Zimbabwe does not appear to subscribe to the Organization for Economic Cooperation and Development (OECD) guidelines on corporate governance of SOEs. SOEs are subject to the same taxes and same value added tax rebate policies as private sector companies. SOEs face several challenges that include persistent power outages, mismanagement, lack of maintenance, inadequate investment, a lack of liquidity and access to credit, and debt overhangs. As a result, SOEs have performed poorly. Few SOEs produce publicly available financial data and even fewer provide audited financial data. This has imposed significant costs on the rest of the economy.
Although the government committed itself to privatize most SOEs in the 1990s, it only successfully privatized two parastatals. In 2018, the government announced it would privatize 48 SOEs. So far, it has only targeted five in the telecommunications sector, postal services, and financial sector for immediate reform, but the privatizations have not yet concluded. The government encourages foreign investors to take advantage of the privatization program to invest in the country, but inter-SOE debts of nearly USD 1 billion pose challenges for privatization plans. According to the government’s investment guidelines, it is still working out the process under which it will dispose its shareholding to the private sector.
8. Responsible Business Conduct
Since 2009, awareness of standards for responsible business conduct (RBC) has increased, driven by the private sector through the Standards Association of Zimbabwe.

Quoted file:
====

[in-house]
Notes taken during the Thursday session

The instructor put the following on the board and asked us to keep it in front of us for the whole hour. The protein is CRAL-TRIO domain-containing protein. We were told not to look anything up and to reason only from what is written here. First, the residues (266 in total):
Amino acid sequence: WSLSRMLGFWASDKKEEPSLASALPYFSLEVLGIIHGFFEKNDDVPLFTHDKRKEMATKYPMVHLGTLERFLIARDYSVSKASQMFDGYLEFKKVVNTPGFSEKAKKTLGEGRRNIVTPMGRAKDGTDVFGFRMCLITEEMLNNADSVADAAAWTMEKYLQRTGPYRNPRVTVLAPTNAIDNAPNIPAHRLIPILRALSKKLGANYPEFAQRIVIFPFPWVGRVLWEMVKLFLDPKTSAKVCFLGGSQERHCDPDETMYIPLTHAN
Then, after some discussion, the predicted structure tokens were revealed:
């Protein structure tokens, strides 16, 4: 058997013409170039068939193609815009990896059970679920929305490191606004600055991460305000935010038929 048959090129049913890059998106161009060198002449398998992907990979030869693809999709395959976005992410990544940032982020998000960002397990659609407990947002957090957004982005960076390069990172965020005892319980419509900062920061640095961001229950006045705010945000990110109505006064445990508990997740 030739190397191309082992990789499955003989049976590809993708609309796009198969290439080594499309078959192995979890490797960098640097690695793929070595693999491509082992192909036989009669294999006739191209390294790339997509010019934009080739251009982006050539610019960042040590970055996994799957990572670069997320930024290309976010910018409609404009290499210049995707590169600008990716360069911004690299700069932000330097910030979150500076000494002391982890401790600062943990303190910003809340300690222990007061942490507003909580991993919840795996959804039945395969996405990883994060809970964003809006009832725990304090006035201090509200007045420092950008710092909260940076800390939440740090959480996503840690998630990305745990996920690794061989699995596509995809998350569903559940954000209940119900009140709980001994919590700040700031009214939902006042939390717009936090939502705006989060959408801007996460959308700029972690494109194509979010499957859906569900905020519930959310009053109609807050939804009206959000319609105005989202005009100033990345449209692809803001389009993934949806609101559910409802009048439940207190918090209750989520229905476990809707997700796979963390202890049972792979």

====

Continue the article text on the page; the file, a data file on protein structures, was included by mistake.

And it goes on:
The Zimbabwean government has not taken any measures to encourage RBC and it does not take RBC policies or practices into its procurement decisions.
The private sector developed the National Corporate Governance Code of Zimbabwe (ZimCode), which is a framework designed to guide Zimbabwean companies on RBC. An industrial advocacy group, the Confederation of Zimbabwe Industries, has a standing committee on business ethics and standards that drives ethical conduct within the Zimbabwean private sector. The organization has developed its own charter according to OECD guidelines, highlighting good corporate governance and ethical behavior. Firms that demonstrate corporate social responsibility do not automatically garner favorable treatment from consumers, employees, or the government.
The U.S Department of Labor’s (DOL) report https://www.dol.gov/agencies/ilab/reports/child-labor/list-of-goods published in September 2020 reports that children work in Zimbabwe’s sugarcane and tobacco industries. The DOL’s report https://www.dol.gov/agencies/ilab/resources/reports/child-labor/zimbabwe found children in Zimbabwe engage in the worst forms of child labor, including in mining, agriculture, and tobacco production. Law enforcement agencies lack resources to enforce child labor laws. The COVID-19 crisis severely limited the government’s ability to combat the worst forms of child labor. The country’s continuing economic decline and school closures due to COVID-19 lockdown restrictions likely increased the number of children working in informal labor sectors, including those that harbor the worst forms of child labor, to support family incomes.